A solution to this would be to add a collider to the spaceship, which can be used to determine if the spaceship is outside the camera viewport. Exit Play mode, select the spaceship in the Hierarchy tool window, click Add Component in the Inspector tool window, and add a Capsule Collider. Make the collider a trigger, set its radius to "60" and height to "1.2". You'll see the collider radius as a green capsule around the spaceship:

Add collider to spaceship GameObject

Note that there are colliders that consider the shape of the spaceship, but since you want to check collisions for every rendered frame, the capsule collider will be more performant as its shape is less complex to calculate.

With this collider in place, you can jump back into code and make one more addition to the PlayerController's Update method:

// Move through screen borders
if (!IsPlayerVisible())
    var playerTransformPosition = transform.position;
    var screenCenter = Camera.main.ScreenToWorldPoint(new Vector3(Screen.width / 2, Screen.height / 2, 0));
    transform.position = new Vector3(screenCenter.x - playerTransformPosition.x, screenCenter.y - playerTransformPosition.y, 0);

You'll need to add the IsPlayerVisible method as well:

private bool IsPlayerVisible()
    var collider = GetComponents<Collider>().First(it => it.isTrigger)
    var planes = GeometryUtility.CalculateFrustumPlanes(Camera.main);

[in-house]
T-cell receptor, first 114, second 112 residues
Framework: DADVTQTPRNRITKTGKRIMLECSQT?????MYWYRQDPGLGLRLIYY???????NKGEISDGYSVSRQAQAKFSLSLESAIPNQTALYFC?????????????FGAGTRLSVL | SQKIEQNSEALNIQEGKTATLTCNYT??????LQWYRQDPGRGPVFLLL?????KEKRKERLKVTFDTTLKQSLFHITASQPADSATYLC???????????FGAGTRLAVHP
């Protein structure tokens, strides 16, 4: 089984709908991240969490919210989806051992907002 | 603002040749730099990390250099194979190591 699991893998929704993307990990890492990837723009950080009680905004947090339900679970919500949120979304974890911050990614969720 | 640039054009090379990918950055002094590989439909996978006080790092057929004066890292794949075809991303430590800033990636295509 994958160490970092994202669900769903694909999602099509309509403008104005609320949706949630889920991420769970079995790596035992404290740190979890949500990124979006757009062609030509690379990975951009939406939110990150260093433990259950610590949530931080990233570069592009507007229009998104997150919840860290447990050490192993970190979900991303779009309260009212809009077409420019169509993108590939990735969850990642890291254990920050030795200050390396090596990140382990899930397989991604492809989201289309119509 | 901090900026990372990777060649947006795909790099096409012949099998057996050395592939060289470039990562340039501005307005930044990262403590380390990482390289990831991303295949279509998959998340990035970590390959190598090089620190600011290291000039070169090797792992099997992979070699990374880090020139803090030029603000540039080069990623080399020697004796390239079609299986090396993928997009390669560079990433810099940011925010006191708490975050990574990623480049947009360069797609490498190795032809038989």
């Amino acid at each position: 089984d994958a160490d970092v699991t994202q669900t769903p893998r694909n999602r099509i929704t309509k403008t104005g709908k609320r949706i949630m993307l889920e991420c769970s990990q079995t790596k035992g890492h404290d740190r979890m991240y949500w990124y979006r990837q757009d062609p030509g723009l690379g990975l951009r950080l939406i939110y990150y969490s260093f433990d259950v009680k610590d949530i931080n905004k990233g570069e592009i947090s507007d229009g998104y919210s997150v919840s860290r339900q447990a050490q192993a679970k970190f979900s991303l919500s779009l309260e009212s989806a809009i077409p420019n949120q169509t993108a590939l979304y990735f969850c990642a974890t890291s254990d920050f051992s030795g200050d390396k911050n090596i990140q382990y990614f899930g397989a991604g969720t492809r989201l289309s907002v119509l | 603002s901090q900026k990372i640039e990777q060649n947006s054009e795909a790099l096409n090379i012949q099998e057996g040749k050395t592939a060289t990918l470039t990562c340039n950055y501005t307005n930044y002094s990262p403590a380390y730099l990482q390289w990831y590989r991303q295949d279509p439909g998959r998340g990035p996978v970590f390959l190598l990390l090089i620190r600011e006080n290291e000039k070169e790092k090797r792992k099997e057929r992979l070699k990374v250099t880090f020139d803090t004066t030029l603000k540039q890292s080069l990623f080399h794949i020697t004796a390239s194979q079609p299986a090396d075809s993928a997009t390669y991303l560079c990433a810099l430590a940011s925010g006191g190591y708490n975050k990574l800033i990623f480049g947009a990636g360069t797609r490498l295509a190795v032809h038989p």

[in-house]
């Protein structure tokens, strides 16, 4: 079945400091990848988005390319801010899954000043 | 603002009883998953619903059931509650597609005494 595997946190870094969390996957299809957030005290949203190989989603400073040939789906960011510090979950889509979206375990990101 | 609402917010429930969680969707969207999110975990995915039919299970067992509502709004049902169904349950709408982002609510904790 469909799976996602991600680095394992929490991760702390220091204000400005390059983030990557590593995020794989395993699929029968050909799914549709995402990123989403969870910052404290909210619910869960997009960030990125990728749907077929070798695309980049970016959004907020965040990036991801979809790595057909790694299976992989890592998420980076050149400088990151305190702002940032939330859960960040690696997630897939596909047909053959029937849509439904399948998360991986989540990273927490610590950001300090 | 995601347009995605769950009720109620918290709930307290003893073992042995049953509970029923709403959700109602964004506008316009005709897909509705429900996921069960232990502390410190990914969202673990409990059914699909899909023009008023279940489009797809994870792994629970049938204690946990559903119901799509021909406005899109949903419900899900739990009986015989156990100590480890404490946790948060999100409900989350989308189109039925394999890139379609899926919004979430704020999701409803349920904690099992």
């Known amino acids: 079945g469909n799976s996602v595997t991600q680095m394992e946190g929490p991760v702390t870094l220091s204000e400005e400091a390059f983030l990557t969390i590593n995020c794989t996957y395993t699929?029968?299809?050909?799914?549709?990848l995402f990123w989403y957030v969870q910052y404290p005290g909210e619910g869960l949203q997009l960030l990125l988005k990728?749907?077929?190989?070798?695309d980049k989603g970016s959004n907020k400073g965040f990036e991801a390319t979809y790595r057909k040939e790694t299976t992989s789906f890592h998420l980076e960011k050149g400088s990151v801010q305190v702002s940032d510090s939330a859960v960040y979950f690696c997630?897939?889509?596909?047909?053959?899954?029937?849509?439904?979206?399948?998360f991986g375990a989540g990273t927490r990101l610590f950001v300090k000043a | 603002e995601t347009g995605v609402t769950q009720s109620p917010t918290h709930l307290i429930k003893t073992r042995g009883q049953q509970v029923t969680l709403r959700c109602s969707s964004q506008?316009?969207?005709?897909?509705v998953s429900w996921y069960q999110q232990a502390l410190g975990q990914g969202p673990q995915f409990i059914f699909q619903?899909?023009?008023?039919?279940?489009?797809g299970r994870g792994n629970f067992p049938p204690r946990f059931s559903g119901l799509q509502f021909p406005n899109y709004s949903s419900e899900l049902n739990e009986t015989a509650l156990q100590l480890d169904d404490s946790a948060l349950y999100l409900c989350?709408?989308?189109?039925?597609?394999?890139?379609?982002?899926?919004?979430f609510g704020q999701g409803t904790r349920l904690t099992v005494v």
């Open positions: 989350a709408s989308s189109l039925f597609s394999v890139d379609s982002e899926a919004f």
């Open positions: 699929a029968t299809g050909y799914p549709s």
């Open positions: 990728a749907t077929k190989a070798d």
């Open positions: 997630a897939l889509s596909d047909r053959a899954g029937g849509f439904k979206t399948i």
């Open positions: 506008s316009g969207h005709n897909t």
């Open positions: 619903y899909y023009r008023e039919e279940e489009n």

return GeometryUtility.TestPlanesAABB(planes, collider.bounds);

Tip: In JetBrains Rider, some method calls are underlined, such as the call to GetComponents. Rider determines the IsPlayerVisible method is called for every frame (in the Update method), where calling GetComponents may impact game performance.

JetBrains Rider code inspection improves game script code

Using Alt+Enter, you can invoke the Introduce field and initialise in ‘Start' quick fix to cache the Collider component. The same inspection (and quick fix) is shown for usages of Camera.main.

When the player is outside the camera's view, the spaceship's position is set so it can fly through screen borders and reappear on the other side.

The GeometryUtility.CalculateFrustumPlanes method is interesting. It calculates the visible plane through the eye of the camera. Comparing that plane with the spaceship's collider makes for a straightforward way of determining whether the spaceship is inside or outside visible boundaries.

If you switch to Play mode, you'll see the spaceship no longer flies into deep space, and instead reappears on screen.

The final component (I promise!) to add to the spaceship is another capsule collider. From the spaceship's Inspector tool window, click Add Component and add a Capsule Collider. Disable its trigger, disable Provides Contacts, set the radius to "0.7" and the height to "2". This collider will be used to detect when an asteroid later bumps into the spaceship.

Add another collider to the spaceship GameObject

We're finished! At least with the spaceship. And at least, for now. In the next step, let's work on the asteroids!